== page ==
Tuesday, November 13, 2007

Offbeat Submarine History: "You might have shaved with them yesterday"

Otto Kretschmer is considered an Ace of the Deep as commander of U-Boot U-99. From September 1939 until March 1941, he sank 47 ships (274,333 tons). He received the Knights Cross with Oak Leaves and Swords, earning his nickname "Silent Otto" for his successful patrol tactics.

Silent Otto's U-boat conning tower displayed a golden horseshoe welded with its opening downward to signify good luck. Under attack from two British destroyers, Kretschmer surfaced, scuttled his boat, and lost three of his men. Kretschmer and the remainder of U-99's crew were captured by the British. Ironically, one of the British destroyers that sank his boat, also displayed a good luck horseshoe, but with its opening faced upwards for good luck. Silent Otto would spend almost seven years as a British P.O.W. He beacme a Flotilla Admiral after the war and died at 86 in August, 1998.

Crewman from a different U-Boat
Although Goebeler and his fellow recruits did not realize it at the time, they were being very carefully watched and evaluated during basic training. To his immense pride and satisfaction, Goebeler learned that he had been chosen for service in the navy's elite submarine corps.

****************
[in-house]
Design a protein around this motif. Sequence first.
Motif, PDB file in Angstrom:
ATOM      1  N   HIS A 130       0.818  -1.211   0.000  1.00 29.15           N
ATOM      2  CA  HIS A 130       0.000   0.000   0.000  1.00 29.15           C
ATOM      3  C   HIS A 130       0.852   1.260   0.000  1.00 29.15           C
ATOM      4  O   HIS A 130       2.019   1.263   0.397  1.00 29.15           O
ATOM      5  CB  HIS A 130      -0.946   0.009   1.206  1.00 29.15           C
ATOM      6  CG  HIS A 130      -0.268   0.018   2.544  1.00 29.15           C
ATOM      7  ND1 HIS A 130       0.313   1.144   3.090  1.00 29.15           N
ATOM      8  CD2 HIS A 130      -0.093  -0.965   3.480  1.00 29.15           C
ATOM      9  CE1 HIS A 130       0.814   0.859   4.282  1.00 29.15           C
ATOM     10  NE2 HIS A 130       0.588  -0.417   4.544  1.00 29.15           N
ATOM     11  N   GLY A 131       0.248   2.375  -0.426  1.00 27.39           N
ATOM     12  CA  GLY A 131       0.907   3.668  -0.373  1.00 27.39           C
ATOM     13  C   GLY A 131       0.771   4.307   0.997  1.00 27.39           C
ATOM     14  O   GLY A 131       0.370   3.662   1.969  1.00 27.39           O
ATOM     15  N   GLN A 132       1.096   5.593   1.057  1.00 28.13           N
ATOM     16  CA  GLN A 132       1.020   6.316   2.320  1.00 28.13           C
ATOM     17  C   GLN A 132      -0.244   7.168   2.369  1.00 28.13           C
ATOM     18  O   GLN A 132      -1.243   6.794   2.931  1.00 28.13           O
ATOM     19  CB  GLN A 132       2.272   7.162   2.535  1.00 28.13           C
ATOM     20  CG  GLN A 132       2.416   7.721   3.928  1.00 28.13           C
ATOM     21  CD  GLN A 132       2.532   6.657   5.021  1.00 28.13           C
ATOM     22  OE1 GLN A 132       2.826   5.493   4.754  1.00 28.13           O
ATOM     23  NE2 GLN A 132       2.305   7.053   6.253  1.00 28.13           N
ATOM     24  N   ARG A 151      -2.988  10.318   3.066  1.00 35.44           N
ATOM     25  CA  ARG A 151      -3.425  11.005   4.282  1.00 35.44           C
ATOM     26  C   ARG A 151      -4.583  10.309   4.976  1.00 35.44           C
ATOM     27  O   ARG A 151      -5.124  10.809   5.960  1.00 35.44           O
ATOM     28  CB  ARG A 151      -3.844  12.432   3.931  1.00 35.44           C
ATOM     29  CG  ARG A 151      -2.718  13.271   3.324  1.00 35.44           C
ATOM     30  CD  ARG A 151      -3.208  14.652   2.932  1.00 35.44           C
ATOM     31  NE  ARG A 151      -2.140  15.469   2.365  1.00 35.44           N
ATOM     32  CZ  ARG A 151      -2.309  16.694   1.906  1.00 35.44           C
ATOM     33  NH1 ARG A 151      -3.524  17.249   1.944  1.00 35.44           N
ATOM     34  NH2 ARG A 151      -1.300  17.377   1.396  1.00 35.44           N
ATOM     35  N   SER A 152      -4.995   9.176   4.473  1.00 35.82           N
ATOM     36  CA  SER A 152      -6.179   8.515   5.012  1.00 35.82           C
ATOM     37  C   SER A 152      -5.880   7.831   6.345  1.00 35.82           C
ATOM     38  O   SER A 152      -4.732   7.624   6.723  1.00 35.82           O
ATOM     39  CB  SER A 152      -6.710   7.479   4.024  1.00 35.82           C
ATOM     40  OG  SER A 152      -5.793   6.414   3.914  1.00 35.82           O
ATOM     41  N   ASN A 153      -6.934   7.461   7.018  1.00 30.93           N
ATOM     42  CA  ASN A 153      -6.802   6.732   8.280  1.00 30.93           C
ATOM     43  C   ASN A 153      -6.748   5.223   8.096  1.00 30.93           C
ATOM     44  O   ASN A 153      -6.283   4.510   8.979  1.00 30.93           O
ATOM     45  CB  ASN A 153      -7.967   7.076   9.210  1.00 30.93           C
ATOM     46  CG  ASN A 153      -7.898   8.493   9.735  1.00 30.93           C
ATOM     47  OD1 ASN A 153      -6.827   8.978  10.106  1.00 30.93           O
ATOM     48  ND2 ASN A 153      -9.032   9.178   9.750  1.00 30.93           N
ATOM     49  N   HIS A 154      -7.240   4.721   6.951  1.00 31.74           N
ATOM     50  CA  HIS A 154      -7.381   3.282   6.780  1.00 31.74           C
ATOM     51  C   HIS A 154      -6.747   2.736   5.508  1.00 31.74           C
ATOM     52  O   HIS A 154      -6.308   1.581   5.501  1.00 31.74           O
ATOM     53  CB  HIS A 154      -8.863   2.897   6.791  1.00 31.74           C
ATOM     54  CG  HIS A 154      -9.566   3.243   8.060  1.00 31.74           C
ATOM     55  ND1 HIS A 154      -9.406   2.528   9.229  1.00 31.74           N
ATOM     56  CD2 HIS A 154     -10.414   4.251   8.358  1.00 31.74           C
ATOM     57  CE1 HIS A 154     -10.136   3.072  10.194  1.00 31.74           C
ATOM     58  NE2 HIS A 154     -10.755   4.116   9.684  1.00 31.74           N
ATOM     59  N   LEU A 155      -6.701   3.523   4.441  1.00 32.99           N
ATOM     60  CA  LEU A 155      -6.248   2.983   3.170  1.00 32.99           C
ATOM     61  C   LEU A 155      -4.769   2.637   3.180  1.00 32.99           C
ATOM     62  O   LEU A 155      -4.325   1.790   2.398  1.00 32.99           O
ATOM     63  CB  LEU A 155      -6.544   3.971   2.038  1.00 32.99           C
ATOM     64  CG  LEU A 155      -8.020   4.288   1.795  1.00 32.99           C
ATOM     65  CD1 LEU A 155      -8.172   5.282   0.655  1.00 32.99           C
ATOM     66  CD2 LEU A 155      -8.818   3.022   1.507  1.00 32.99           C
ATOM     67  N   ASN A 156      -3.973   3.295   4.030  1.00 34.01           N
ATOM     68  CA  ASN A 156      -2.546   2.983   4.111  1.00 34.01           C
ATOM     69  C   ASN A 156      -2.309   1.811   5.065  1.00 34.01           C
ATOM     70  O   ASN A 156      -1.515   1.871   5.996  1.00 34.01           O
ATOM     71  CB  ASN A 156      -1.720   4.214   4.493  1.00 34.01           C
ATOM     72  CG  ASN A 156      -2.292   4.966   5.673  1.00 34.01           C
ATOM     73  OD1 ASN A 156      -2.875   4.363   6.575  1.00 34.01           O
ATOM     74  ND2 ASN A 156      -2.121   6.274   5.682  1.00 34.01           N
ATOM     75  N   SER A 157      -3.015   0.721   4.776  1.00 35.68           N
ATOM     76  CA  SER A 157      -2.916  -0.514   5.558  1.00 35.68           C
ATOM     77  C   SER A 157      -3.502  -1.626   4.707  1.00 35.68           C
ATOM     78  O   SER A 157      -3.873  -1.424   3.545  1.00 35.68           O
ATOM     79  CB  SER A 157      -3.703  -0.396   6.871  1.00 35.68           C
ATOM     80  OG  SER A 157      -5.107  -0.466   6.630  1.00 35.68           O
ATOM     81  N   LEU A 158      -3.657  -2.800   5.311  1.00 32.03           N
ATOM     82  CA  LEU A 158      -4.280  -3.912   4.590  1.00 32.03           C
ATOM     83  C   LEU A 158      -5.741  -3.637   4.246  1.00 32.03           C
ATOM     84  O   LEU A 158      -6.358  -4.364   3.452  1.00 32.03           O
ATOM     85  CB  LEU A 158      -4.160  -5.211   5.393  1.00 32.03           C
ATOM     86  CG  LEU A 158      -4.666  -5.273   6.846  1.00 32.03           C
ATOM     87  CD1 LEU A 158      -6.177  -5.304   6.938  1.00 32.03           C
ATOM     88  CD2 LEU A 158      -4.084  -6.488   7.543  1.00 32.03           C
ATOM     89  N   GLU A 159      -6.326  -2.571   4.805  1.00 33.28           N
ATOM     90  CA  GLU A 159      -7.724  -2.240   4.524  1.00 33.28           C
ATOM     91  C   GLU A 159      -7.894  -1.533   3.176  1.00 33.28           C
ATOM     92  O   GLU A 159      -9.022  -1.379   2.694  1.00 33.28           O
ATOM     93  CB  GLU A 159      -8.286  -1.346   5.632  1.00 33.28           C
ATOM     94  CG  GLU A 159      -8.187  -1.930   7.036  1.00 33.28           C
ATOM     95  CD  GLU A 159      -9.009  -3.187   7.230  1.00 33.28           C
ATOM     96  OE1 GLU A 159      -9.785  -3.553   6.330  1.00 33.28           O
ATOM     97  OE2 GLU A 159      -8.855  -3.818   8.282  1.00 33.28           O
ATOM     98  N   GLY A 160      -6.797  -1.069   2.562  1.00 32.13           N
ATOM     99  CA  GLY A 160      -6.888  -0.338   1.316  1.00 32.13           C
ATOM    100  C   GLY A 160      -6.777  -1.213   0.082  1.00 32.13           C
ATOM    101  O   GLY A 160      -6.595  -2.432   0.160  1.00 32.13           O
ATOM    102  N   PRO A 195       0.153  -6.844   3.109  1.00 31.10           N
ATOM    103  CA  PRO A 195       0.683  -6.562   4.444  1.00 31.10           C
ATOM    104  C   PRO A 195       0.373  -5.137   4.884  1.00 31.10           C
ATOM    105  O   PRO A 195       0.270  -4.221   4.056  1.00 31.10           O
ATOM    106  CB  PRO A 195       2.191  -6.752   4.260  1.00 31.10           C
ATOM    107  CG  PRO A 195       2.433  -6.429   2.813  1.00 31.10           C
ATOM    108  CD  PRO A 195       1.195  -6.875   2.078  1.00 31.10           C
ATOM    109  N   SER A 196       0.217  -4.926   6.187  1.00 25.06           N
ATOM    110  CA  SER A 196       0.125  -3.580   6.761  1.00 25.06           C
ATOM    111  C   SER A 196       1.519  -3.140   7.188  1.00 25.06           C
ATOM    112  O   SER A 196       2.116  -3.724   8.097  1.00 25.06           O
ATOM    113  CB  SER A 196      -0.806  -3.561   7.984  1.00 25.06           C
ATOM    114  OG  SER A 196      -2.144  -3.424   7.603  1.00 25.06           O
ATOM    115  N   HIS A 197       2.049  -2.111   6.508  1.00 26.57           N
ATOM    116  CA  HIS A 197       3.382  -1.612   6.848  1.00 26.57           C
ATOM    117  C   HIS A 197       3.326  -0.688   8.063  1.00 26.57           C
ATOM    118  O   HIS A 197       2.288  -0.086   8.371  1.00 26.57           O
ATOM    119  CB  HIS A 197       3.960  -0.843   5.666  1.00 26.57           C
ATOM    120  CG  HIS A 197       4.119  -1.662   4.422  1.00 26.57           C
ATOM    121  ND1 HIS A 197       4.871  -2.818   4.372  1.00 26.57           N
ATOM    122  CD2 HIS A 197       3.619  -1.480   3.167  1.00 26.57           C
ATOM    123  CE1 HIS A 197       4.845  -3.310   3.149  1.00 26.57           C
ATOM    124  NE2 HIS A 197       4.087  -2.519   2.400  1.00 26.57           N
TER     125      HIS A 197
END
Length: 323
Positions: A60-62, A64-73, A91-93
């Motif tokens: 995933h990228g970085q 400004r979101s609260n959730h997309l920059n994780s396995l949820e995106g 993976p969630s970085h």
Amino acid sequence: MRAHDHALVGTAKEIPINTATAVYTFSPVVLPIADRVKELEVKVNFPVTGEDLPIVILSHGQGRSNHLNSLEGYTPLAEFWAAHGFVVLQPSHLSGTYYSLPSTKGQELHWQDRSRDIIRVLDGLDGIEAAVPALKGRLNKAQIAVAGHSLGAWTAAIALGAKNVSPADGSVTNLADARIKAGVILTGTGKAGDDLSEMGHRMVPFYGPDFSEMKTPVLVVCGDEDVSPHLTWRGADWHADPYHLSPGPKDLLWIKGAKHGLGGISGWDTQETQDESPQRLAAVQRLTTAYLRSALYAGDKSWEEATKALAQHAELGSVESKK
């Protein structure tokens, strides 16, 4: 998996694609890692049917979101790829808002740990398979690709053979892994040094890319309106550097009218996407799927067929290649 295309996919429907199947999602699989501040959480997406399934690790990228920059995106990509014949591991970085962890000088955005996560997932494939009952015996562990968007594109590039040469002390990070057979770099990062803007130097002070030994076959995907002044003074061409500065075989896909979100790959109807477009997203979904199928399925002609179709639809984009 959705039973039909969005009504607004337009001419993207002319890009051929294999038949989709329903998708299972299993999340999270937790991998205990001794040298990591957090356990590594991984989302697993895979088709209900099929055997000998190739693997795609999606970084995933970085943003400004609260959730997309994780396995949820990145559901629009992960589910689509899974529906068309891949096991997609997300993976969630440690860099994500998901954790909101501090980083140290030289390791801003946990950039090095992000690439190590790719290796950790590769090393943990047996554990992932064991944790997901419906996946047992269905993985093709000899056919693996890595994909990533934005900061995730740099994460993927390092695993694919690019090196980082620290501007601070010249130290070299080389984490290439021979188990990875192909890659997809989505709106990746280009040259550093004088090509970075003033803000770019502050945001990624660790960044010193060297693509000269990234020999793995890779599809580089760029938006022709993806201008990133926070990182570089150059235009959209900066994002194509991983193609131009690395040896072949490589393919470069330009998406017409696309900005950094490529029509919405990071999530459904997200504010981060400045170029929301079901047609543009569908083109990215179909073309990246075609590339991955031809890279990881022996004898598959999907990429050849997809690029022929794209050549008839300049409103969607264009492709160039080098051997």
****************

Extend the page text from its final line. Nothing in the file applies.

Quote of the week
"There's no reason to say that the U-505 was a hard-luck ship," said Hans Goebeler. "No matter what happened to her, she always brought us back. She wouldn't even let anything happen to the Americans who boarded her. Those other so-called lucky ships, well, you might have shaved with them yesterday because they are all scrap now. But U-505 is on display in Chicago [at the Museum of Science and Industry]

In 1989, the U-505, the only IX.C U-Boat left in existence and the first ship captured on the high seas by the U.S. Navy since the War of 1812, was designated a national historical landmark by the United States.

Here is a great U-505 YouTube video:

Recognize the soundtrack?...



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